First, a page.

Inspiration & Development
This project was inspired by the combination of an essay I wrote for Dr. Steinberg’s HST336 course on Contemporary European History and my Final Digital Humanities Project for Kristen Mapes DH285.
In an essay for HST336, I examined the 1920s interwar political and cultural scene as a transformation in modern society with a traumatized population from the first world war, and in search for stability through strong leadership. I analyzed the similarities and differences between Adolf Hitler and Mahatma Gandhi, as although very different, I argued, embodied the same spirit of the 20th century as a world transformed by modernity. Moreover, both Gandhi and Hitler were mobilized through this transforming sense of modernity and used the current state of their societies to gain influence. Interestingly enough, although both men were given opportunities through this society, they both encouraged a return to the past and gave examples on what needs to be done and the benefits of returning to tradition. Both men were influenced by the shadow of the first world war and felt a necessity to return to purity away from the corruption of the Jews in Germany and the Imperial British in India. This interwar period showed a clear transition to the end of the an era and the birth of a new.
Introduction to the Digital Humanities:
Values of the Digital Humanities:
My Project and topic hopes to take the values of the Digital Humanities while using contemporary technology and digital tools to enhance research abilities and possibilities for discovery.
- Historical Context provided by HST336
- Research on Specific Rhetorical Themes of 20th Century Charismatic Leadership
- Seyranian, V., & Bligh, M. C. (2008). Presidential charismatic leadership: Exploring the rhetoric of social change. The Leadership Quarterly, 19(1), 54-76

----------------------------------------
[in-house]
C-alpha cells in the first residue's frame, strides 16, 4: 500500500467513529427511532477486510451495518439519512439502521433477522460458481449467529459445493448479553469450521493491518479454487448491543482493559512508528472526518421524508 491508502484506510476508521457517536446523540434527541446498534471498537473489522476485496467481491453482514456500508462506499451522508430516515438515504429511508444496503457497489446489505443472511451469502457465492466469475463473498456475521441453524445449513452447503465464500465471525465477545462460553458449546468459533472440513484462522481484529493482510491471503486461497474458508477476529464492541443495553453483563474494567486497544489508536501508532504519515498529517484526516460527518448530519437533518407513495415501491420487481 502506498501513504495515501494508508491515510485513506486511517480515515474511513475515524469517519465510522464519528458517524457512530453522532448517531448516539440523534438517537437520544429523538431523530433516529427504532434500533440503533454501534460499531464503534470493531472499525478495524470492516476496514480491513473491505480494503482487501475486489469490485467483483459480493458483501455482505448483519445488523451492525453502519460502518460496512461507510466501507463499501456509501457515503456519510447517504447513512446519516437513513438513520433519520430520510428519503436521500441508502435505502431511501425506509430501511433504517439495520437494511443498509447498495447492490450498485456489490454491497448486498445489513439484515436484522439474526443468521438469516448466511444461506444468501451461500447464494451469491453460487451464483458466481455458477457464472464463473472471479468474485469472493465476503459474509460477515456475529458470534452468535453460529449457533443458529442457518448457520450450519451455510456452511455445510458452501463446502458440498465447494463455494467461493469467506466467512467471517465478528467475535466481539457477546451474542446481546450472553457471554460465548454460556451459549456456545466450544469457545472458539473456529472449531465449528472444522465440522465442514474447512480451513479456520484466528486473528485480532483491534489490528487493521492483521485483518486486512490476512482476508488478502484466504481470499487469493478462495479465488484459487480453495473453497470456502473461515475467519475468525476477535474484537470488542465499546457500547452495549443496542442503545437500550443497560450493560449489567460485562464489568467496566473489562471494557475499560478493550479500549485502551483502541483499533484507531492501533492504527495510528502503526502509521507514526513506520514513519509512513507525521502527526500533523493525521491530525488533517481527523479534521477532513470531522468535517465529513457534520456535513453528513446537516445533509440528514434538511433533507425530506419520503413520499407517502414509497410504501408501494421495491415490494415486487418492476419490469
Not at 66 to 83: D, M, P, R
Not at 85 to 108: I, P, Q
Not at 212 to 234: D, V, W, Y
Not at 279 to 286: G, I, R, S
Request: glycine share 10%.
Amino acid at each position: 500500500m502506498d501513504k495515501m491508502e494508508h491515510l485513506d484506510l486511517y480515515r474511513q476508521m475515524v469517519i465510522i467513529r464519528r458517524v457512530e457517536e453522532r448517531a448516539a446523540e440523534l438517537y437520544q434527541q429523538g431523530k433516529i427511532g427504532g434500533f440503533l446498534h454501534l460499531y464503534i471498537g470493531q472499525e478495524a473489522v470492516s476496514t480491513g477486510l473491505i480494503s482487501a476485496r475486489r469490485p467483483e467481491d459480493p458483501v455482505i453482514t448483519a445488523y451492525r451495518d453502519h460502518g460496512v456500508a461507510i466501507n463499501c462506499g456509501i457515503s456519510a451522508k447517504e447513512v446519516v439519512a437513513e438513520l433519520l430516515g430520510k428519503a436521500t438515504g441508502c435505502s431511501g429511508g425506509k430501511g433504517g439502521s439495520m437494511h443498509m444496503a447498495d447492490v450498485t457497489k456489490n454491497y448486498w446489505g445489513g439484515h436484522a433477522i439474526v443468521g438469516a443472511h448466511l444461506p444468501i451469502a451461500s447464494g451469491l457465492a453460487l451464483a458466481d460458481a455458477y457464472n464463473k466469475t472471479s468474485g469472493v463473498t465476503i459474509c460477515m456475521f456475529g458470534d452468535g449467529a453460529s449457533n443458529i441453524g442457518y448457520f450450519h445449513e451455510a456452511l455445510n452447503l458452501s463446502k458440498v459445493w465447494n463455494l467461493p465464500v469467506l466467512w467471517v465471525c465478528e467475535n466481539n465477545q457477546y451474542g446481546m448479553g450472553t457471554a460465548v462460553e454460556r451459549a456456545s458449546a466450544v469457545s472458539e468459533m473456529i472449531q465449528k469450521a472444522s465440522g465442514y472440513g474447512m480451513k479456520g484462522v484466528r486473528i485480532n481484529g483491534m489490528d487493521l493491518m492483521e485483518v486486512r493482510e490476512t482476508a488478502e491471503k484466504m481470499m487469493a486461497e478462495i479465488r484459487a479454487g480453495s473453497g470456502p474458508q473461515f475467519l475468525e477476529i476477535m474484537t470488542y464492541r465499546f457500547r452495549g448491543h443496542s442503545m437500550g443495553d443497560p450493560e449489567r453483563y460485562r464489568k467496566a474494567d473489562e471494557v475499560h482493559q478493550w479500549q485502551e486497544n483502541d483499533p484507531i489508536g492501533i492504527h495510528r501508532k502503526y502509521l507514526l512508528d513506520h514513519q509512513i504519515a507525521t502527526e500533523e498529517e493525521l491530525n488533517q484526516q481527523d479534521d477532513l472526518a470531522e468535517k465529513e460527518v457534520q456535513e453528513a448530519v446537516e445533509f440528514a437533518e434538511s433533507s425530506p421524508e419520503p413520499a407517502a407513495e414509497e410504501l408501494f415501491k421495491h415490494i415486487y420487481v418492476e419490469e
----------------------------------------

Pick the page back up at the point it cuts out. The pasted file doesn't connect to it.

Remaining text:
- Choosing Sources
- Originally analyzes political speeches but found topics to specific to be comparable
- Decided upon 3 Sources to Conduct Reseach:
- Mein Kampf (Hitler)
- An Autobiography or The Story of My Experiments with Truth (Gandhi)
- Hind Swaraj or Indian Home Rule (Gandhi)
4. Used Voyant to Digitally Analysize the text and download a corpus of the words most frequently used and relative frequency
5. Eliminated stopwords, words without relevance, and applied them to categories in a Data spreadsheet to be transmitted into GraphCommons to make the visual network map
6. After Identifying Visual Themes that reference the same idea in the context of the speaker [Germany= India], I used Voyant again to analysis the themes and the positive and negative rhetorical ratio.
Link to Interactive Network Map:
Trial and Error
This project has changed along the way since I began my formulating my topic over the course of the semester. I changed from focusing on public political speeches to focusing on these three main works for the following reasons
- They were written around the same time
- They were published as autobiographical works that specifally describe the authors experiences, insights, and critiques regarding their world
I felt this was the best representation of the two leaders writing about the same subject
After using Voyant there proved to be some logistical complications with translational troubles, words without context, and the overcrowding of words that had little relevance or meaning. I then downloaded the complete corpuses of all the most commonly used words and manually illuminated my own stop words (leaving only relevance words with meaning) and correlated each word to a theme to be digitally represented on a network graph.
The network graph also links words to context and provides further information on translations and context. The network graph proved to be the most valuable way to visually identify these themes. I even did this as a way to preface my own research so I could visually see the trends before I analyzed them again into Voyant.
I also would like to point out that I am not by any means trying to say that Hitler and Gandhi are similar in character in any way. But rather I pose the question that perhaps they have commonalities that are often overlooked and reflect greater perspectives of the entire Modern Twentieth Century